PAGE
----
NEW YORK — An entertaining but misleading jazz docu, “Texas Tenor” is for the middle to advanced fan of the music. Neophytes or musical novices will learn little about Illinois Jacquet and his secure but minor place in jazz history.
Director Arthur Elgort strongly captures Jacquet in performance, at New York’s Blue Note club in 1988 and touring Europe in 1990. Jacquet’s energetic soloing, in the so-called Texas school pioneered by Herschel Evans, Arnett Cobb and Buddy Tate alongside Jacquet, speaks for itself in presenting an unreconstructed form of swing music that was popular in the ’40s.
Where Elgort lets the viewer down is in sketchy research and misdirected emphasis. Jazz giants like Lionel Hampton (who had Jacquet switch from alto to tenor and made him a star in 1942), Dizzy Gillespie and Sonny Rollins make unenlightening comments about Jacquet and the lasting importance of his popular solo on Hampton’s hit record “Flying Home.”
What emerges is a popular showman who had hit records 40 to 50 years ago and re-established himself over the last decade as a big band leader in the tradition of his former employer Count Basie.
Fleeting still photos and verbal mentions allude to Coleman Hawkins, Lester Young and Ben Webster so the ignorant viewer might think Jacquet was their equal. That’s heresy in jazz circles, though obviously Elgort, a fashion photographer stretching his wings, admires Jacquet’s unpretentious emotional approach to music.
Morten Sandtroen’s closeup black & white photography atmospherically captures the club and European locations as well as Jacquet’s passion while playing. The Louisiana-born tenor man’s colleagues and pals like Tate, Milt Hinton and Cecil Payne are friendly enough to win over any viewer’s sympathy.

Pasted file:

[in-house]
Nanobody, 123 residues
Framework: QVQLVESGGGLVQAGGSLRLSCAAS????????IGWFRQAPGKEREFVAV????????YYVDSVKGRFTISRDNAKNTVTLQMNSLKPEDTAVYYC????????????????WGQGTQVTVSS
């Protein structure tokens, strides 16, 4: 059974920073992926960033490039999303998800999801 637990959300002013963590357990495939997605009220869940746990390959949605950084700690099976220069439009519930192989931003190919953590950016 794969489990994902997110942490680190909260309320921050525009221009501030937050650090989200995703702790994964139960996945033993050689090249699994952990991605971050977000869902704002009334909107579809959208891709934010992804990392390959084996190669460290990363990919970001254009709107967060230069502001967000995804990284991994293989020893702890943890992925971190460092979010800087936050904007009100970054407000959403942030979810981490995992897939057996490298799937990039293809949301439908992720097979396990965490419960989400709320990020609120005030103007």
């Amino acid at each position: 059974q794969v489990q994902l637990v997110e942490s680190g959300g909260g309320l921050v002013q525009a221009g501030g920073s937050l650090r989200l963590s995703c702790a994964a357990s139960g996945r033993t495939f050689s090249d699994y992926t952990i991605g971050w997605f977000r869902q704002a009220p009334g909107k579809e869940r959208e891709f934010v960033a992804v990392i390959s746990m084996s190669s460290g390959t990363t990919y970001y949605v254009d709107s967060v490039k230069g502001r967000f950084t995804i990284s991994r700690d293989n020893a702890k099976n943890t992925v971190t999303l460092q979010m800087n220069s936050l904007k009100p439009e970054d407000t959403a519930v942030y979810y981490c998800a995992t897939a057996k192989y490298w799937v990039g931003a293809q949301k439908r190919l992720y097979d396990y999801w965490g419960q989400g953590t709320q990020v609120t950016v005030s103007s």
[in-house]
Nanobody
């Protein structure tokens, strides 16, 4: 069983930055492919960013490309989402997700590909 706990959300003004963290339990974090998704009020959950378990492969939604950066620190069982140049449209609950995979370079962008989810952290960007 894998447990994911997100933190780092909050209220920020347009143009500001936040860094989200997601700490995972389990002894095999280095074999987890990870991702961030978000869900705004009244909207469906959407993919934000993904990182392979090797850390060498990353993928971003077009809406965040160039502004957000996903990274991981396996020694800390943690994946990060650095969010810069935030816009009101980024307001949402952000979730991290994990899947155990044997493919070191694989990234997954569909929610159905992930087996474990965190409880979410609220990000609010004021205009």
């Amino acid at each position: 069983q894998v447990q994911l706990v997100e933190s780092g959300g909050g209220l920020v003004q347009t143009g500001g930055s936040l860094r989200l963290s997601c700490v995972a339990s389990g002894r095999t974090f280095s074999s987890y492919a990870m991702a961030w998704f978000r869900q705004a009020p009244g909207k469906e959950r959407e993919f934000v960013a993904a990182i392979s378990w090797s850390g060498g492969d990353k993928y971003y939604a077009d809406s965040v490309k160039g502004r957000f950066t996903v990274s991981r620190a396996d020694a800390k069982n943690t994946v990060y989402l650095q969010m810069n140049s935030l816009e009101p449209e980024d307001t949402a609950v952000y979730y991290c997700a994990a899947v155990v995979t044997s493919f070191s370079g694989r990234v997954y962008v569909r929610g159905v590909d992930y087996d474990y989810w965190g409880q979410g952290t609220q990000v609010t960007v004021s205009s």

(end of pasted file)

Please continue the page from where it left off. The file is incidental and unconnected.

Several key omissions dilute the film’s impact. Hovering in the background is the star’s manager, Carol Scherick, an elderly white woman who primps Jacquet’s hair, carries his luggage and seems to have everything under control. She never gets to put her two cents in (probably by choice), remaining too enigmatic and slighted compared to the rather pointless interviews by others, Elgort included.
Documentary never mentions, let alone shows, Jacquet playing the bassoon, virtually the only jazz soloist on that difficult instrument. This would have given some evidence of the man’s adventurous nature.
Pic is first in a planned series by Elgort profiling “American Heroes,” including pianist Dorothy Donegan (who appears briefly here) and rodeo star Bruce Ford.
Also on the program is same filmmaking team’s 15-minute short film “Dexter on Vacation.” Filmed on board a 1988 jazz cruise it captures the late Dexter Gordon’s final performance in touching fashion.